Personnel development: Mentoring
Successful knowledge transfer in your company
Knowledge is a valuable asset to any business. And even more important than the knowledge itself is the opportunity to share and build on what you already know. Older employees have a wealth of expertise and experience. Don’t let that knowledge be lost. Including mentoring in your personnel development program enables you to bring young professionals on quickly and retain valuable knowledge in your company. Read about the benefits of mentoring for your company and learn how to set up a successful mentoring program.
Definition – What is mentoring
Mentoring is a personnel development intervention. It is used to foster and nurture young talent. It is a way of transferring knowledge from someone more experienced (the mentor) to someone who wants to develop further (the mentee). Mentoring is a common tool in leadership development. Seasoned managers pass on their knowledge, their experience, and their professional contacts. They give mentees direct feedback and teach them about corporate culture, guiding principles, strategies, and visions.
Mentoring is also a popular method for onboarding new hires or for training young professionals such as apprentices or work placement students.
The difference between mentoring and coaching
Mentoring builds a long-term, usually very personal relationship between mentors and mentees, with the two individuals exchanging experience and knowledge, ideally in both directions. Coaching, on the other hand, focuses on particular topics (time management, resilience, assertiveness) and is time-limited. Coaches are usually self-employed or work for coaching services providers. Mentors, on the other hand, come predominantly from your own company or corporate environment.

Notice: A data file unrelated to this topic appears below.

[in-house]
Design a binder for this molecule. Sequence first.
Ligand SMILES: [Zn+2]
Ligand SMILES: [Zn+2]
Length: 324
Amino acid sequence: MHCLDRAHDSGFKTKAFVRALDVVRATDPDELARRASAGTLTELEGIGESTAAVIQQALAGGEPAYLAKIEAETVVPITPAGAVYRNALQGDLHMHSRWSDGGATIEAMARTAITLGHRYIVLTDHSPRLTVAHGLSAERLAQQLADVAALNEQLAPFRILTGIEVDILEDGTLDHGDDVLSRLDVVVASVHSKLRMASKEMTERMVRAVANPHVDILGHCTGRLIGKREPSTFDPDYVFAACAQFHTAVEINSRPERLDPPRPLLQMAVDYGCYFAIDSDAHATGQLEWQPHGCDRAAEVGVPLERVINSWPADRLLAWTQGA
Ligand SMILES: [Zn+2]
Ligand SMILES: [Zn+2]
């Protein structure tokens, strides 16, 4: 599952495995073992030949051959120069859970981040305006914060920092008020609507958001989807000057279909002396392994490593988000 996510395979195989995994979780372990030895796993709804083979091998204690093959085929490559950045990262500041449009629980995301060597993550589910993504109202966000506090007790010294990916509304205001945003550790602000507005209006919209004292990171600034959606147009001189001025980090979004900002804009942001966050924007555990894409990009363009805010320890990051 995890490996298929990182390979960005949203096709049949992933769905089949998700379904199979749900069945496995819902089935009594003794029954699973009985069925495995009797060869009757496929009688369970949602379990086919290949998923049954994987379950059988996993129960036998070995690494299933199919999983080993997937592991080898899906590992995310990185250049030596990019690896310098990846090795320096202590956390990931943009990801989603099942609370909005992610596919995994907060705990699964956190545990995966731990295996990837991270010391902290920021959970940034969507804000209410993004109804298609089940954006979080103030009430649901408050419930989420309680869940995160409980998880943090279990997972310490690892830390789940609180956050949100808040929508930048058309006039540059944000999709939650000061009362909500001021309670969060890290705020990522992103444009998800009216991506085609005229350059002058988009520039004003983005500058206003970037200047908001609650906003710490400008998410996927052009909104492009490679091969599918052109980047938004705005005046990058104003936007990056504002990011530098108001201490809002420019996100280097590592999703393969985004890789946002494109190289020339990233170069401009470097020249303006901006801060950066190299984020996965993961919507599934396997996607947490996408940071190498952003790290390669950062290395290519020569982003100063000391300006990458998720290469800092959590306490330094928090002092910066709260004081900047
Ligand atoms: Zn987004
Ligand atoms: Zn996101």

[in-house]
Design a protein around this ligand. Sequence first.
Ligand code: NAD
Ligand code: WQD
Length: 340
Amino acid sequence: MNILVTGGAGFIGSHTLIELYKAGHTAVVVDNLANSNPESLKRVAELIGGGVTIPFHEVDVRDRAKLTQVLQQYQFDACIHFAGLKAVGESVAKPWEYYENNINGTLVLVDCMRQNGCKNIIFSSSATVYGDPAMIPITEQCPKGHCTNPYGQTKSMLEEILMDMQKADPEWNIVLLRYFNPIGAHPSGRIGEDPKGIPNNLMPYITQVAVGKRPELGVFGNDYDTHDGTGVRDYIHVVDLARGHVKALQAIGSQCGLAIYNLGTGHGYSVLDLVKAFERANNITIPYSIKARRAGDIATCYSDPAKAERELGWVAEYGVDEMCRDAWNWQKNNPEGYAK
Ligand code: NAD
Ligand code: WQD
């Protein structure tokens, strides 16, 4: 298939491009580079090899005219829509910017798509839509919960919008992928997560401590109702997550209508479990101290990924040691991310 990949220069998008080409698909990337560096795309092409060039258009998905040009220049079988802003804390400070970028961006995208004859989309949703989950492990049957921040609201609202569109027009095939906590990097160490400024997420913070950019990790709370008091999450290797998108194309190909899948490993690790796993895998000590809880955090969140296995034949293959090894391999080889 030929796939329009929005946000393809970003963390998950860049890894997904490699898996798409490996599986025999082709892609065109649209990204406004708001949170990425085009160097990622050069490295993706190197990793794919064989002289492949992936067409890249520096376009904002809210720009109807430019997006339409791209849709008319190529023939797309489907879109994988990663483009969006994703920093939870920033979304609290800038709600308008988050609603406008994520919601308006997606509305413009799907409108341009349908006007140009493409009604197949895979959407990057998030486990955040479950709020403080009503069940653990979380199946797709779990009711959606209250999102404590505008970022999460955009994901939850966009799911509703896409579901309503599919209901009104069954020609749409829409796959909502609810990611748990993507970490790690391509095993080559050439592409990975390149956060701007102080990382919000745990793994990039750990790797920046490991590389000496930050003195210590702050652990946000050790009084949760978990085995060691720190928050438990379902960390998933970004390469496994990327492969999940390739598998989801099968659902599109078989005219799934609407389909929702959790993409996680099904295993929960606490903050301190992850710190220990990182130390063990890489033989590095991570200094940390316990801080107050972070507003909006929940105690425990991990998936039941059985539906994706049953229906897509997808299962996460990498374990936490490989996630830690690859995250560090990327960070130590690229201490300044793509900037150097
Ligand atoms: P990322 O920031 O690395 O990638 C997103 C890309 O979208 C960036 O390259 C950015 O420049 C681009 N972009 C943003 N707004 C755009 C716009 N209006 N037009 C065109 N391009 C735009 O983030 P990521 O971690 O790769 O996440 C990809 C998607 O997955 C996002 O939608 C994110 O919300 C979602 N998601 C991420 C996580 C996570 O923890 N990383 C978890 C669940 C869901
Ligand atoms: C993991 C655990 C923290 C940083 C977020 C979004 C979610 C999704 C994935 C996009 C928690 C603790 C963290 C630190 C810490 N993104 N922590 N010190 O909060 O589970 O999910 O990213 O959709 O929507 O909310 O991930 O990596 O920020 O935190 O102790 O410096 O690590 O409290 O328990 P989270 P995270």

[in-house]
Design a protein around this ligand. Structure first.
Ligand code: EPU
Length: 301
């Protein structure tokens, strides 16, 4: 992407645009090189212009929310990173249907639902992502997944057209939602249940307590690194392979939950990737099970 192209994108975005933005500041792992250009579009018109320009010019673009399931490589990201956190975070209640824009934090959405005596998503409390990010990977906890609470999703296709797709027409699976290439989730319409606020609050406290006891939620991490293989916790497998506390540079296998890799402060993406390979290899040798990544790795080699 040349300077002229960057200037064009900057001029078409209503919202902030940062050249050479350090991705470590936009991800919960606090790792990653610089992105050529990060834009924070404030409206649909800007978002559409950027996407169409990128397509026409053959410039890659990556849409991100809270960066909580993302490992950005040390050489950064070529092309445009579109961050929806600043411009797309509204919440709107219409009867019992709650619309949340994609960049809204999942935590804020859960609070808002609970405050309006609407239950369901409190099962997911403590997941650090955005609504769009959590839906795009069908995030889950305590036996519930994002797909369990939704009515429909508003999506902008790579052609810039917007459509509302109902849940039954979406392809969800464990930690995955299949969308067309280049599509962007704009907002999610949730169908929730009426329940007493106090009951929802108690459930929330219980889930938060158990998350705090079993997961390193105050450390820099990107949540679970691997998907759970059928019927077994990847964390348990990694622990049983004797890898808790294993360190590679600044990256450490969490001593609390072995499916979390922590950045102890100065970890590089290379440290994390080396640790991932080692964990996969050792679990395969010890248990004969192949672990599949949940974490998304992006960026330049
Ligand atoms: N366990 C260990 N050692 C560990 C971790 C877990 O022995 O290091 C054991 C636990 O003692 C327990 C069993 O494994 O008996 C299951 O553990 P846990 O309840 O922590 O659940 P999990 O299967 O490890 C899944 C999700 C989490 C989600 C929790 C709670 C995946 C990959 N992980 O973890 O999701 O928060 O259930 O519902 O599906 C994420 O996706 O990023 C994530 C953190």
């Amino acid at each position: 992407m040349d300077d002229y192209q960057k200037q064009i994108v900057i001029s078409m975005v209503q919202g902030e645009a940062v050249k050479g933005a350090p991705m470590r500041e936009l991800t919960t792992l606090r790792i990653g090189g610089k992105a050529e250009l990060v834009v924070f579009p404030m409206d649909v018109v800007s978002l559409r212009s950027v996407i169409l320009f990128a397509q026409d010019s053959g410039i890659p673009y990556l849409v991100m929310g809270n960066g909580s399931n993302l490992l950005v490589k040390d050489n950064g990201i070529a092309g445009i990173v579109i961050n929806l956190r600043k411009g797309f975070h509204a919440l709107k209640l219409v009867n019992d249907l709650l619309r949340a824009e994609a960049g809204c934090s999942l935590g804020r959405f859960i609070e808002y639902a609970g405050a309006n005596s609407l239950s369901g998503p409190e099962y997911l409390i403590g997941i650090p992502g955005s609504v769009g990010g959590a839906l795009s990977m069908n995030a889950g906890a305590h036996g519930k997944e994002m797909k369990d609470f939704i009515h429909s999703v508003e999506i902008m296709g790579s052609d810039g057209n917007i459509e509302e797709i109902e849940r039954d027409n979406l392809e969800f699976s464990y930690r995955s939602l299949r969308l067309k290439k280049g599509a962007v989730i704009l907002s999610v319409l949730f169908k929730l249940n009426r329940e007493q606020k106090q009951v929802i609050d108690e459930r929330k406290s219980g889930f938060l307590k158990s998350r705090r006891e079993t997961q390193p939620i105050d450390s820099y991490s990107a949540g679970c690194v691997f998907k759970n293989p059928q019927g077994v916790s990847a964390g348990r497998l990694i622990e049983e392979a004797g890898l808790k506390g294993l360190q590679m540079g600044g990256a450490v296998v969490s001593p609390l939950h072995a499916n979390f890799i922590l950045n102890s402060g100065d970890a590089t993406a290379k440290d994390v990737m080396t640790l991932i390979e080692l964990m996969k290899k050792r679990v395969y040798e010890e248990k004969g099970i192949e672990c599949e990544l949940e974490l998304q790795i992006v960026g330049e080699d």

The importance of mentoring in personnel development
Mentoring is an effective tool for developing personnel. It ensures that experienced specialists pass on their valuable knowledge to younger employees who are willing to learn. In return, mentors gain an insight into the reality of life and work for the younger generation. Used correctly, a mentoring program will enrich your personnel development strategy and help your company prosper.
Benefits of mentoring in personnel development
Mentors motivate mentees and help them to overcome challenges. This ensures mentees feel they’re in good hands and quickly develop a bond with the company. Staff turnover is reduced and employee satisfaction increased.
Knowledge and experience transfer
Mentoring enables seasoned employees to exchange knowledge and experience with new or less experienced colleagues. Mentors and mentees alike benefit from this exchange. Mentors gain fresh perspectives and learn what is important to younger generations. Mentees gain new insights, knowledge, and contacts, which helps them to grow.
Knowledge transfer within the company
Mentoring allows you to retain valuable business knowledge and pass it on from generation to generation. When older employees retire from the company, their knowledge will not be lost.
Personal and professional development
Mentoring supports your employees’ personal and professional development. It enables them to identify their strengths and weaknesses and to work on these in a targeted manner. It strengthens their self-confidence and their trust in their own abilities, given them more job satisfaction and making them more effective.